Sep 15, 2010, 12:34 PM EDT
It’s been several days since Nyjer Morgan’s appeal of his multiple suspensions was heard. Still no word, though. Normally we hear appeal decisions almost immediately after the appeal.
My pet theory, based on nothing more than “gee, wouldn’t that be funny” speculation: Major League Baseball is waiting to announce Morgan’s suspension until its length coincides exactly with the number of Nats games remaining. To do so would make things way less messy for everyone. Morgan can just leave and the Nats can just be done with him.
His suspension was originally 15 days. Though it often happens, there’s no law of nature which holds that appealed suspensions must be reduced. Hell, Morgan’s appeal lasted four hours! Odds are good that he said a few things that day that bought him some more time in the doghouse!
Anyway, the Nats have 17 games left. How funny would it be if Morgan’s 15-game suspension was affirmed on Friday night, just after the Nats-Phillies game — game 147 — ended?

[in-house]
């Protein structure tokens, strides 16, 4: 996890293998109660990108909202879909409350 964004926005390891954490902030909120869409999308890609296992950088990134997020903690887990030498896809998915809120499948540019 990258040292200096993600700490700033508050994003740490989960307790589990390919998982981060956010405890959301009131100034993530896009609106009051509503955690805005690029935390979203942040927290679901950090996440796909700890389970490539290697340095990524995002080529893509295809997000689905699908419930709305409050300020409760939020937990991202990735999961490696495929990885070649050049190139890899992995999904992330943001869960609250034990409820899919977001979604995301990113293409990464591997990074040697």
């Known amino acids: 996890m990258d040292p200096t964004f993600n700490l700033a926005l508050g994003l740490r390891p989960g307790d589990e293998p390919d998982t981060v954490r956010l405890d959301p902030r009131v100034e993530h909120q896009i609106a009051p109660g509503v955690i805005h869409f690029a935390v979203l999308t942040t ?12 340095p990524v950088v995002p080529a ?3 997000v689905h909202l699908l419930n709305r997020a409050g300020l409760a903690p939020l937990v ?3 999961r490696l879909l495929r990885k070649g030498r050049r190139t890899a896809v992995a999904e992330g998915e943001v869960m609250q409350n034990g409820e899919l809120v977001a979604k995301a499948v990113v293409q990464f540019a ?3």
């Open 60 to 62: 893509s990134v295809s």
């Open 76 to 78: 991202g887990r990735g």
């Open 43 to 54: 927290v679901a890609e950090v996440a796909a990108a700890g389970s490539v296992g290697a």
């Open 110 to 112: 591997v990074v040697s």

- Bryce Harper walks in all four of his plate appearances, scores four runs 0
- ESPN pulls Curt Schilling off broadcasts for rest of regular season and Wild Card game 91
- David Ortiz is more likely to be boned in Hall of Fame voting for being a DH than for PED stuff 124
- And That Happened: Wednesday’s scores and highlights 74
- The Marlins are going to change everything except their biggest problem this offseason 53
- Drooling over Miguel Sano’s incredible numbers through 50 career games 35
- Matt Williams puts up another strong performance in his quest to get himself fired 105
- Settling the Scores: Tuesday’s results 81
- Sarah Palin sticks up for Curt Schilling, tells ESPN to “stick to sports” (266)
- David Ortiz is more likely to be boned in Hall of Fame voting for being a DH than for PED stuff (127)
- Matt Williams puts up another strong performance in his quest to get himself fired (105)
- ESPN pulls Curt Schilling off broadcasts for rest of regular season and Wild Card game (99)
- David Ortiz tweets his happiness about the Deflategate decision (98)